August 17, 2001-Asbestos Plaintiff is Awarded $6.1 Million
The Big Three automakers want to consolidate asbestos-related lawsuits pending against them into the Chapter 11 filing of Federal-Mogul Corp. in a bid to get the claims dismissed due to lack of scientific evidence, according to their attorney.
David Bernick of Kirkland & Ellis said the carmakers will go before visiting U.S. District Judge Alfred Wolin on Feb. 8 and seek to bundle the 15,000 to 20,000 pending asbestos suits against them in state courts and attach them to the bankruptcy of Federal-Mogul, an auto-parts maker.
"We think the transfer of all the cases ought to be done so that one judge with the expertise can address the issue of whether there is any reliable scientific evidence to support the claims," Bernick said.
Wolin is a federal judge in Newark, N.J., who was assigned in December to oversee the asbestos issues in five Chapter 11 cases filed in the U.S. Bankruptcy Court for the District of Delaware in Wilmington.
While similar challenges to the scientific basis of claims were used in Dow Corning's breast implant and Dalkan Shield's IUD-related cases, the attempt to throw out asbestos-related claims by seeking to expose the tenuous scientific basis of the claims is a new approach in asbestos filings, Bernick said.
The pending asbestos claims against the Big Three would revert to state court if Wolin decides they should not be inserted into the Federal-Mogul filing, he said.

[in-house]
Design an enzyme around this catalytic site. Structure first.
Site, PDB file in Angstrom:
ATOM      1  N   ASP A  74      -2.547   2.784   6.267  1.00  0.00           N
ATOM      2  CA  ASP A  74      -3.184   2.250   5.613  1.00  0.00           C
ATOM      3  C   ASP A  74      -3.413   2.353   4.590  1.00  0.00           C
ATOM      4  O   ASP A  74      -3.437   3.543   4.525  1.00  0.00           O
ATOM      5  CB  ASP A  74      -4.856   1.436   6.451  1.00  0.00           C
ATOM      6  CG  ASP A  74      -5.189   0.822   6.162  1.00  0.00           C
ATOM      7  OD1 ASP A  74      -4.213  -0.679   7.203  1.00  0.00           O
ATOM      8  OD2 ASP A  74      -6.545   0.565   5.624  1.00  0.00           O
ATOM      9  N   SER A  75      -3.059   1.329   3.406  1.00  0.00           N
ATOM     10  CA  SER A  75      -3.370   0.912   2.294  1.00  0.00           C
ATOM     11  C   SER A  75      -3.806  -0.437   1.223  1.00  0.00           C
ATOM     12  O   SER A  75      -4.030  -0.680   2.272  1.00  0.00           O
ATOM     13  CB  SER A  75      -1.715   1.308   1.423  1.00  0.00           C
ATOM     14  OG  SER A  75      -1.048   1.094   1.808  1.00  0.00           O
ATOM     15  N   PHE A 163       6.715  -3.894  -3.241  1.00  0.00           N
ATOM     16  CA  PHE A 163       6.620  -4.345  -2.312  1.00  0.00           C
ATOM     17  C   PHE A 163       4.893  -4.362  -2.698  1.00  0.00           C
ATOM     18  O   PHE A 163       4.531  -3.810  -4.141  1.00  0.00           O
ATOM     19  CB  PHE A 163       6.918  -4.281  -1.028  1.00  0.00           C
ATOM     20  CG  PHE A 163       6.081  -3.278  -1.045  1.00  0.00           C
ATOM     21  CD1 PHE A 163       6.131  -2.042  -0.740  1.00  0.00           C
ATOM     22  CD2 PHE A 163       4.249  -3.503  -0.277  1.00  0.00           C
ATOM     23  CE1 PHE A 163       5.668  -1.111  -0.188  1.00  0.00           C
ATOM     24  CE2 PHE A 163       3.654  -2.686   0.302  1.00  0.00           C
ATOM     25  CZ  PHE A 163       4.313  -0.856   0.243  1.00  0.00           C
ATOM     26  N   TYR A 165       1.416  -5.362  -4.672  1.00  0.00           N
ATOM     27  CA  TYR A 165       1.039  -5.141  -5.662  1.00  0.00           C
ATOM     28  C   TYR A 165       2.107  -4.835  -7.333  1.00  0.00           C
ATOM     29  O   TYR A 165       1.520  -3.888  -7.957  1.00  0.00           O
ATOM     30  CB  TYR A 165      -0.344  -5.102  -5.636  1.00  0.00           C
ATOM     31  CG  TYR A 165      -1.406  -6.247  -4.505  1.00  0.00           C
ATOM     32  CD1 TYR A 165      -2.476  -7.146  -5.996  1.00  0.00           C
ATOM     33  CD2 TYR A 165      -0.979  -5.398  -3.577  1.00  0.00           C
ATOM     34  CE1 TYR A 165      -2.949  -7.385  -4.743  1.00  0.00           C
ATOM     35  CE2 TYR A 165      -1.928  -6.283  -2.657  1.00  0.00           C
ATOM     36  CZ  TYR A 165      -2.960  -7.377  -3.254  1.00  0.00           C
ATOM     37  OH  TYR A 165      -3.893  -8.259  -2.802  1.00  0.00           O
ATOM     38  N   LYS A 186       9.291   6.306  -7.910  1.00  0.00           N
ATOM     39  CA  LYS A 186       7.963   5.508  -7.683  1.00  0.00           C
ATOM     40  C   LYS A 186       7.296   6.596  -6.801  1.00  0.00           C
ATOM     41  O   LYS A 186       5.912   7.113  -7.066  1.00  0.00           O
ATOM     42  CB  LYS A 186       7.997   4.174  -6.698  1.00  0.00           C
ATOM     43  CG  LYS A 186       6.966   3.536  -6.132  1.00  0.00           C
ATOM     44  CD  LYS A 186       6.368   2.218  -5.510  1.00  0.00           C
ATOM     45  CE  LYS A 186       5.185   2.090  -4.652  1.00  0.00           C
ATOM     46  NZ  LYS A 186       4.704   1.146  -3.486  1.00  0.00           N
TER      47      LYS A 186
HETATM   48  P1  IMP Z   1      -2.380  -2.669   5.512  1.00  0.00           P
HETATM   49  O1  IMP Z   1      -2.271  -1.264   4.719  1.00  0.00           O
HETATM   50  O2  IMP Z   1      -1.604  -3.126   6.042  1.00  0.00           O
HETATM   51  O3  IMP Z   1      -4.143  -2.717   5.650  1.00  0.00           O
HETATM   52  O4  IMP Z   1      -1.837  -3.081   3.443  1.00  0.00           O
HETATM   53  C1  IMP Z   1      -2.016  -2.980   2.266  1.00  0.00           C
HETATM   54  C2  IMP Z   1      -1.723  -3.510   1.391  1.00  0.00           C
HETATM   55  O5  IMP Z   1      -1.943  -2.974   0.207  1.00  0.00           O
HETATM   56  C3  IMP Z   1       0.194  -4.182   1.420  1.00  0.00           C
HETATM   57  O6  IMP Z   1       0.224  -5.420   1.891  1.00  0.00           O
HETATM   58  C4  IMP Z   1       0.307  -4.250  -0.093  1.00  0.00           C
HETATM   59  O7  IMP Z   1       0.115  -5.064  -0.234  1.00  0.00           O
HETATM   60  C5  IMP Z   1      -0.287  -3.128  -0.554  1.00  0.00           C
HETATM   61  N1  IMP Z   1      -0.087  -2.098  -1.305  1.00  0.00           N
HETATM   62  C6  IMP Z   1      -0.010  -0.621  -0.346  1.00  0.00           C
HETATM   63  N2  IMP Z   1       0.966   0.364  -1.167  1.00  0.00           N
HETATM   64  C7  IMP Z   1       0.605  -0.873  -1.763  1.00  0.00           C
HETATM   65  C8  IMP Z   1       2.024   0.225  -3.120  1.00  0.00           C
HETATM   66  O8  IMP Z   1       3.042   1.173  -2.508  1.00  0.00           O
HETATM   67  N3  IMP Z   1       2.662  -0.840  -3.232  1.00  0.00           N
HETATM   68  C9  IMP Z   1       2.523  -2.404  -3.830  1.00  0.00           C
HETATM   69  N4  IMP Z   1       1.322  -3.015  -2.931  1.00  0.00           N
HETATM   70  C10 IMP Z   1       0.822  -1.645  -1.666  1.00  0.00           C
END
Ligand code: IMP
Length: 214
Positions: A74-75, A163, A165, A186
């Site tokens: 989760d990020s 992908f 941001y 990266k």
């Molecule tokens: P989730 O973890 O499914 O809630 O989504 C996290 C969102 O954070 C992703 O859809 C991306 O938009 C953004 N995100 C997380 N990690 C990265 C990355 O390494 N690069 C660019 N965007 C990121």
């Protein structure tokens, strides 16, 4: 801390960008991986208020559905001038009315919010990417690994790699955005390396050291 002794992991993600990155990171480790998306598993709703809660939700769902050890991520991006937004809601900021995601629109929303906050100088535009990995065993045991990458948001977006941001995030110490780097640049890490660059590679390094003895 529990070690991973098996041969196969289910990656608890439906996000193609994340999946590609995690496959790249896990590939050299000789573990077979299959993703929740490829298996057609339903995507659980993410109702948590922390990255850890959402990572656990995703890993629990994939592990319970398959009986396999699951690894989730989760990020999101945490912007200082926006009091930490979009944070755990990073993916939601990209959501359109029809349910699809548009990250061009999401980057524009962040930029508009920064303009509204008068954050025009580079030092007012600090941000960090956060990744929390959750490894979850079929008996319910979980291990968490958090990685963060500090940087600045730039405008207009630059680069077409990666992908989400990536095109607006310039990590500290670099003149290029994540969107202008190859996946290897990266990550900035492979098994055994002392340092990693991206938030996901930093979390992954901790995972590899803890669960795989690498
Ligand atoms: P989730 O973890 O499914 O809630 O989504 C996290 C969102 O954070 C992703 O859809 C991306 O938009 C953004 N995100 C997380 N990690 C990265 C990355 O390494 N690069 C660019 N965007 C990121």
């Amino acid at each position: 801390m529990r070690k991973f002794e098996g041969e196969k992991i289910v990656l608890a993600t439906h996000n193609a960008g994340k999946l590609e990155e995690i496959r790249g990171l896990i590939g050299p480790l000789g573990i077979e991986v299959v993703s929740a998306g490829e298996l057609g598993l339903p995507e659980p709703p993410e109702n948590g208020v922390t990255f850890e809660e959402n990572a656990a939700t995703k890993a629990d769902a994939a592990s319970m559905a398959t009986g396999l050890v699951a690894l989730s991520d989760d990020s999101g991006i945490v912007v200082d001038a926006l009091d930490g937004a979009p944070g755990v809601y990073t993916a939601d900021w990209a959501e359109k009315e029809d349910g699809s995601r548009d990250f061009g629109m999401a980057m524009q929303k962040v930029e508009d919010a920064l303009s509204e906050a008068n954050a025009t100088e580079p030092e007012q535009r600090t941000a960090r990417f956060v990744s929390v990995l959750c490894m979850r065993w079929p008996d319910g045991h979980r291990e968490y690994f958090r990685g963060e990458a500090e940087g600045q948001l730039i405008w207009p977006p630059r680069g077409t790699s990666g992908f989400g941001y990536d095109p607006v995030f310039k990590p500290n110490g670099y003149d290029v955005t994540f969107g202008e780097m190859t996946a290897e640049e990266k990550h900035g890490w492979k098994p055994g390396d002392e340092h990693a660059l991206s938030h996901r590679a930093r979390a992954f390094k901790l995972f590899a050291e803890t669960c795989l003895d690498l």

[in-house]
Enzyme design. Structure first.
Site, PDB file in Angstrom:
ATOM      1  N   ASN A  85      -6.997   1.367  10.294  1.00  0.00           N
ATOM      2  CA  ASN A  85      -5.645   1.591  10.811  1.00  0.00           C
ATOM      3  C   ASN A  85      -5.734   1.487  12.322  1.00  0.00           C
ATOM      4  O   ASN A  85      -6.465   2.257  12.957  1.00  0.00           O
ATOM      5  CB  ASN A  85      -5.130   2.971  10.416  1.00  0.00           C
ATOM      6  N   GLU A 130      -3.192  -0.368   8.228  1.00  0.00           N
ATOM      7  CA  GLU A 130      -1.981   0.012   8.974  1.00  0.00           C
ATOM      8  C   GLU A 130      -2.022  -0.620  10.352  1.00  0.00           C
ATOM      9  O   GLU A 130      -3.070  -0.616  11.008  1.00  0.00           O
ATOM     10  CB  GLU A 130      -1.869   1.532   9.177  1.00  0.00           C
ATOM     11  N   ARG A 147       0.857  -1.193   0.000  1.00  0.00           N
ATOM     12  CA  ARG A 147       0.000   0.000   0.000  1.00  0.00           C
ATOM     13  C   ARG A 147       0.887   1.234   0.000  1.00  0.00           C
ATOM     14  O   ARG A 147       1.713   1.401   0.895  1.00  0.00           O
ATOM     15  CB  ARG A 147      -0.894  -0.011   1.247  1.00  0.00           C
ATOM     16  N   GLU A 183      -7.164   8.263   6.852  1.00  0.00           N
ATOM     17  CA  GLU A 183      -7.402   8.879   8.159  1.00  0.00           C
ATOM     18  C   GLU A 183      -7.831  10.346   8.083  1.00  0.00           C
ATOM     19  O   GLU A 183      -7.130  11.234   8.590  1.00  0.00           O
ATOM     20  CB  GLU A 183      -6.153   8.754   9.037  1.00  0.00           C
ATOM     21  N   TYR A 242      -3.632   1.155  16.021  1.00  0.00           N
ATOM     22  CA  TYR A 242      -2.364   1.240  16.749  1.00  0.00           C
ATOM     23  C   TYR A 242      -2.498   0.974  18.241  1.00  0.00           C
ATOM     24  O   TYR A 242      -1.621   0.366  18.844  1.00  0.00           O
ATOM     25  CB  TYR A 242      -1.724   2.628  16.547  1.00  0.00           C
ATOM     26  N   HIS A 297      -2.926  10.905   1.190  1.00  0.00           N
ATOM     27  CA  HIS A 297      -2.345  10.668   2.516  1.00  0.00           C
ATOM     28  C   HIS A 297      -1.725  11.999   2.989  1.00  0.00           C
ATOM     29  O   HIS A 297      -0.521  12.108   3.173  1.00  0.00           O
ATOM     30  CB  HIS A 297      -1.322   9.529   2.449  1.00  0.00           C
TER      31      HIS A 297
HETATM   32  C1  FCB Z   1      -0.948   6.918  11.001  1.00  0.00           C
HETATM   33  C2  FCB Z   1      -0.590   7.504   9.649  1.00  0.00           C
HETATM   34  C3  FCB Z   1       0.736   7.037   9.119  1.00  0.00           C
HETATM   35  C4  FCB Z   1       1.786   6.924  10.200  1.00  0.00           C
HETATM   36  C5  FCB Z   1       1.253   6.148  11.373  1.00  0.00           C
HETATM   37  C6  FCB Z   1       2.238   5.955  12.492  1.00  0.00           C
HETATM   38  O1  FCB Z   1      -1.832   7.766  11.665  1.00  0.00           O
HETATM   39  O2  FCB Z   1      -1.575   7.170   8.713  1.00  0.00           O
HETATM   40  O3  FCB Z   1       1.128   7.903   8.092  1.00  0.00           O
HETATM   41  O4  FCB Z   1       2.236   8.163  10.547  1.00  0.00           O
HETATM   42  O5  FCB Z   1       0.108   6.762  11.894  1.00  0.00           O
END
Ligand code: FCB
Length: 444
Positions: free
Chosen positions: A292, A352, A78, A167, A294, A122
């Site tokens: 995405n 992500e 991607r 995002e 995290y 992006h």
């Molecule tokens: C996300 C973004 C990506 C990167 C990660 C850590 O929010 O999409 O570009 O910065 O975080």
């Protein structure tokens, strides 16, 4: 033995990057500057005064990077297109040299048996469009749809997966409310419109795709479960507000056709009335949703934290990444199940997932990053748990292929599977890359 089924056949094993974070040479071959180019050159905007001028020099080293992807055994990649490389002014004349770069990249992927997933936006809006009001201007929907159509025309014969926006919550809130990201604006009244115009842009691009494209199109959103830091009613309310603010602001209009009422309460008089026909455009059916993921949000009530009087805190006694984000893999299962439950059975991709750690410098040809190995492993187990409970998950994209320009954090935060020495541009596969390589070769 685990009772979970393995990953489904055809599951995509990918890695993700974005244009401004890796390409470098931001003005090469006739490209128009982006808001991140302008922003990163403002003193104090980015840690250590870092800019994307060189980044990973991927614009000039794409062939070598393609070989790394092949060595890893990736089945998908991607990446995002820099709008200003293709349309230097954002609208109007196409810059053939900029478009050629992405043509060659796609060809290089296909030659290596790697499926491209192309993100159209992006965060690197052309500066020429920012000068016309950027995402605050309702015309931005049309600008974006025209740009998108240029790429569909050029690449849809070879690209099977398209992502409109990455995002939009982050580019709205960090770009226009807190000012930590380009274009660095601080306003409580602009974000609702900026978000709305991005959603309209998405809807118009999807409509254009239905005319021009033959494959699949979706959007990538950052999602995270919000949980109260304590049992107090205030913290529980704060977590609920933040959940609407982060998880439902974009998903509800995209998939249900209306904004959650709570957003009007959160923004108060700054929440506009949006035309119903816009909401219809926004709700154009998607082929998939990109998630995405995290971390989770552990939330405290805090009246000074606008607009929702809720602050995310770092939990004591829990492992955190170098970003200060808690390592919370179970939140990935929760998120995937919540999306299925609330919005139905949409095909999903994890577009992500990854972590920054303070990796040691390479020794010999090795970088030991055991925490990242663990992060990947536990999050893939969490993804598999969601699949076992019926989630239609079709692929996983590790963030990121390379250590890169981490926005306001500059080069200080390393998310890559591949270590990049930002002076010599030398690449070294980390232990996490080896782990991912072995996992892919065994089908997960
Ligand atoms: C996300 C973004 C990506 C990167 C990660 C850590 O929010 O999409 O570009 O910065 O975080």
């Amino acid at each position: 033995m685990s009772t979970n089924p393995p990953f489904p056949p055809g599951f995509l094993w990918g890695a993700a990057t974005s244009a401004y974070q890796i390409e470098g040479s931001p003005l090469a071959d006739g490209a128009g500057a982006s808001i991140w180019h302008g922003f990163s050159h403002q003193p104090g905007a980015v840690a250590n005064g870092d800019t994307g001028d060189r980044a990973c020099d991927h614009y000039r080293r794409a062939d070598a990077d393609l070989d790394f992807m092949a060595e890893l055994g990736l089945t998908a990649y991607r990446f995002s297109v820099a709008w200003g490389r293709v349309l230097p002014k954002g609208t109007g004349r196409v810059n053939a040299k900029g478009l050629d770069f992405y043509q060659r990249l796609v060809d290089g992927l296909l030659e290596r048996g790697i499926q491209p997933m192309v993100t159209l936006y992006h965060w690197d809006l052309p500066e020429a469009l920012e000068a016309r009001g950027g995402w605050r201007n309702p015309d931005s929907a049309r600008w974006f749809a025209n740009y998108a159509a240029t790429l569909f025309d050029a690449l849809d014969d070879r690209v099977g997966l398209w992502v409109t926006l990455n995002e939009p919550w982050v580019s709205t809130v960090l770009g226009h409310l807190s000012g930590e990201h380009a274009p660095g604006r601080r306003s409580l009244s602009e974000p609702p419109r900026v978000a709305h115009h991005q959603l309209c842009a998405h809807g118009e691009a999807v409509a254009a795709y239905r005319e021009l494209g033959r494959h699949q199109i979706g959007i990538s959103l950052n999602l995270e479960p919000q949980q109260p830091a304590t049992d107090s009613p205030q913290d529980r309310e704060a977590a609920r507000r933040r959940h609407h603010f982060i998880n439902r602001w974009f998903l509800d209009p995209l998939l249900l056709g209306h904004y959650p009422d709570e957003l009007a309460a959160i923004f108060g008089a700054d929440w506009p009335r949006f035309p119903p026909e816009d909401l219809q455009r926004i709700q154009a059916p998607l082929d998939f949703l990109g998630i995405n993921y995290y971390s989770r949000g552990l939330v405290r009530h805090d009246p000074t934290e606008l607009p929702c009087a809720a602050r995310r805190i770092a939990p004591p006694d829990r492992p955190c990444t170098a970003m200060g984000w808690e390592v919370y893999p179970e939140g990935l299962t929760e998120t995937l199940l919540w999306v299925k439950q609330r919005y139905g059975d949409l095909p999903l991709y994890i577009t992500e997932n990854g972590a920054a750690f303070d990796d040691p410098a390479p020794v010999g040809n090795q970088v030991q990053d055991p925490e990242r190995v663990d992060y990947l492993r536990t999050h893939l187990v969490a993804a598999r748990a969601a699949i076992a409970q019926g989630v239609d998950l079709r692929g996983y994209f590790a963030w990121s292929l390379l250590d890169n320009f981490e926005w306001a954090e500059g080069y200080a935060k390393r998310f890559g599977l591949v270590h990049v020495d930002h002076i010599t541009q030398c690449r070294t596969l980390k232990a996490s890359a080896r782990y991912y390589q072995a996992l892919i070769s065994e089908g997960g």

The new approach in Federal-Mogul comes as bankrupt Babcock & Wilcox Co. attempts to set up court guidelines for an aggressive challenge to asbestos claims. Bernick is also B&W's counsel.
Judge Sarah Vance in U.S. District Court in New Orleans gave the two committees for both pending and for future asbestos-related claims in the B&W case until Feb. 8 to submit briefs to clarify their position, Bernick said.
Vance then gave B&W until Feb. 22 to respond to the briefs by the claimants committees, he said.
Judge Jerry Brown in the U.S. Bankruptcy Court in New Orleans also said he would issue a decision Feb. 8 on a motion by asbestos claimants on whether B&W was insolvent when it passed assets to parent McDermott International Inc. and thus engaged in fraudulent conveyance.
Bernick has countered that B&W was solvent when the transfer of assets was made 15 months before the company's Chapter 11 filing Feb. 22, 2000. He argued that those assets shouldn't then be folded back into the B&W estate.
B&W is seeking to buck the 20-year tide of debtor failure in asbestos filings by challenging the validity of about 200,000 pending claims in federal court before they are inserted as part of its Chapter 11 reorganization.
More than 30 debtors with asbestos-related claims have routinely turned their assets over to a majority owning trust rather than digging in to fight it out on a costly, case-by-case claims basis.
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